This morning, Joey shared a dream with me that he had last night. He maintains it was just a weird, random dream, but I felt the need to read a little more into it. That, and it reminded me of some things I wanted to write up for a post. So here's the dream...
Joey, his family, and I are driving in a car in Memphis when all of a sudden they say we need to go by Hooters to pick up Joey. Joey is of course confused because he's right there. So they clarify- no, baby Joey. So we go to Hooters and pick up this baby named Joey who is apparently hungry. I keep offering to feed him, but everyone keeps saying to just give him a bottle.
So there. That's it. You might agree with Joey that it is just some random conglomeration of firing neurons. I, being me, read a little more into it. I saw an amazingly symbolic representation of Joey's infantalized self being rescued from rampant hypersexualization of breasts. Then, in an attempt to reestablish breasts with their natural purpose, he is constrained by the cultural beliefs in regards to socially acceptable infant feeding.
Regardless of how you see it, it brings up something that I often think about and discuss with Joey- how his view of breasts has changed since having Perrin. Honestly, I think I had more of a transition in seeing my breast sexually to seeing them in a more utilitarian way. Joey maintained from the beginning that it was my body and I could use my breasts (or not use them) however I wanted. That being said, I still expected there to be a bit of a transition for him.
I asked him once if he felt like he lost part of his youthful sexuality after Perrin. He said it didn't feel like that at all, though he admits that he doesn't really see breasts as sexual anymore. And he has seen lots of breasts. We are usually surrounded by nursing moms, so even without oggling, you see your fair share.
What's even more interesting is that when he does catch a glimpse, he is actually being fairly productive. He studies latch technique! Because I was struggling with feeding so much in the beginning, Joey basically became a lactation consultant. He read everything he could get his hands on and talked to everyone he could find. He knows all the lingo and can trouble shoot a latch or weight gain problem with the best of them. It's pretty impressive.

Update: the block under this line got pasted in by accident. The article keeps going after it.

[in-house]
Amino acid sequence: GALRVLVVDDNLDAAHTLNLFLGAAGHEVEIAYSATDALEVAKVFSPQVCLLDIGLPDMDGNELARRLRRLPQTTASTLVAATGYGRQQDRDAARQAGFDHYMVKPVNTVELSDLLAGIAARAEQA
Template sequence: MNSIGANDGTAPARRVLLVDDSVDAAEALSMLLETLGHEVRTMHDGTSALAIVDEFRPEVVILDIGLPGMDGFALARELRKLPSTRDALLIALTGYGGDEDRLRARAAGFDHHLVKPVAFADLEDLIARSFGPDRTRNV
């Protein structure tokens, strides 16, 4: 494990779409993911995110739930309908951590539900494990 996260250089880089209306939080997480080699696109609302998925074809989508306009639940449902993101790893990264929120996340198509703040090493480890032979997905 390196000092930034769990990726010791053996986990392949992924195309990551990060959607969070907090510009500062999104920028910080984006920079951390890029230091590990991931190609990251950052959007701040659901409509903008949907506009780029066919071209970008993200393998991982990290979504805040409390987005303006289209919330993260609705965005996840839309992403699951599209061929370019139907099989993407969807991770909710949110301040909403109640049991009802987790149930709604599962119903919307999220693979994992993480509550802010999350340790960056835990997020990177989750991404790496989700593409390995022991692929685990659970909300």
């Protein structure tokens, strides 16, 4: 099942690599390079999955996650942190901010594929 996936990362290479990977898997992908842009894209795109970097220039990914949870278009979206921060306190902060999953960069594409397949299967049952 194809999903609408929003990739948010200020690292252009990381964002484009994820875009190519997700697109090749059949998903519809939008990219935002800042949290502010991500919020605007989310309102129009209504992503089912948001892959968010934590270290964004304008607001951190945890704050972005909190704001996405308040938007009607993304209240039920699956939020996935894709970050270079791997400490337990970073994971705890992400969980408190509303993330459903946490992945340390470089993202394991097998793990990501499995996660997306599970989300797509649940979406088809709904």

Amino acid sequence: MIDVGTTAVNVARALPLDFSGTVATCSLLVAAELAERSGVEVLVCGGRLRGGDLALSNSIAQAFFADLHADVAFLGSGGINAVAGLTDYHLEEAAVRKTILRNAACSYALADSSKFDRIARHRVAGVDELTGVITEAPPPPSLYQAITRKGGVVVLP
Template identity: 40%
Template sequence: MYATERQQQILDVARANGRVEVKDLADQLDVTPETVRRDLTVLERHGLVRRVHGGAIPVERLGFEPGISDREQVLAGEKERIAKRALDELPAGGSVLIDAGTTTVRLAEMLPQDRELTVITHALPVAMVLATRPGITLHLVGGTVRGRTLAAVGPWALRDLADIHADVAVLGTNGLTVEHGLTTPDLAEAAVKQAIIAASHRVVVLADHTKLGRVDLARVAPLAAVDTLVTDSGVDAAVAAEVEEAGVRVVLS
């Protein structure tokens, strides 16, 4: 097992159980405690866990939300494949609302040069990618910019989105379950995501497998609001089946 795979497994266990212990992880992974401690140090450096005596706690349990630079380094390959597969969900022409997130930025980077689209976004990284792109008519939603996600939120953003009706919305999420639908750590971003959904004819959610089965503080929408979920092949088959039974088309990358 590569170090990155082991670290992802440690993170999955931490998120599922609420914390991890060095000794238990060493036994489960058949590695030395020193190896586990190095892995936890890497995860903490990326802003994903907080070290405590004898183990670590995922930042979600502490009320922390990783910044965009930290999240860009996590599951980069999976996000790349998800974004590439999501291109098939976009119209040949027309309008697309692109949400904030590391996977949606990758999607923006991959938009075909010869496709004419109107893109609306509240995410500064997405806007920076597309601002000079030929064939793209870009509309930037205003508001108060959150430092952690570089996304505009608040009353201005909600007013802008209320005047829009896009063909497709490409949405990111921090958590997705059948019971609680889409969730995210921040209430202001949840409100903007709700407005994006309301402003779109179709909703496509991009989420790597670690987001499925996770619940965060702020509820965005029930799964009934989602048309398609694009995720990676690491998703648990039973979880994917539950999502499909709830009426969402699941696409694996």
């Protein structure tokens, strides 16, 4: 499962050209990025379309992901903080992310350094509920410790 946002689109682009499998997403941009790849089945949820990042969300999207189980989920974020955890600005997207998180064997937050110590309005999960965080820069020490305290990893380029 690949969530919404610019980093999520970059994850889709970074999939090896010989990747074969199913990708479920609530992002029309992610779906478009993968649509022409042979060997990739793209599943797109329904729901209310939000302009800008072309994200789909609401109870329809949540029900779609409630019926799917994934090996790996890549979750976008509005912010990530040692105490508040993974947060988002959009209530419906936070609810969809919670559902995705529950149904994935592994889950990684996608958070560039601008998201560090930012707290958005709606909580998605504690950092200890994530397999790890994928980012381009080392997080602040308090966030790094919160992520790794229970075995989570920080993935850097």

And even when it was hard for him to watch me cry and writhe in pain with every feeding, he was nothing but supportive. He never suggested I just give him a bottle. The one time I was "going to the store to buy formula" he very gently asked if that was what I really wanted to do. Of course it wasn't. He has also never claimed that not feeding Perrin interrupted their bonding. He actually isn't a big fan of giving him a bottle; it's kind of a pain. Instead he takes Perrin for walks, bathes with him, and changes his diapers. They play in the floor and we all snuggle together in bed. He gets plenty of bonding time.
I always read stories of other women who had less than supportive partners because apparently breastfeeding was sexually threatening and traumatizing for men. Apparently it prevented them from loving their babies. Maybe it is more of an individual phenomena, but that is definitely not the case for us, which would suggest that it doesn't have to be the case for anyone. Appreciating breasts for their ability to feed babies does not have to be some huge thought-altering life transition. So maybe that is why the dream lacked meaning for Joey. Maybe the huge event that I saw it representing wasn't an "event" for Joey at all.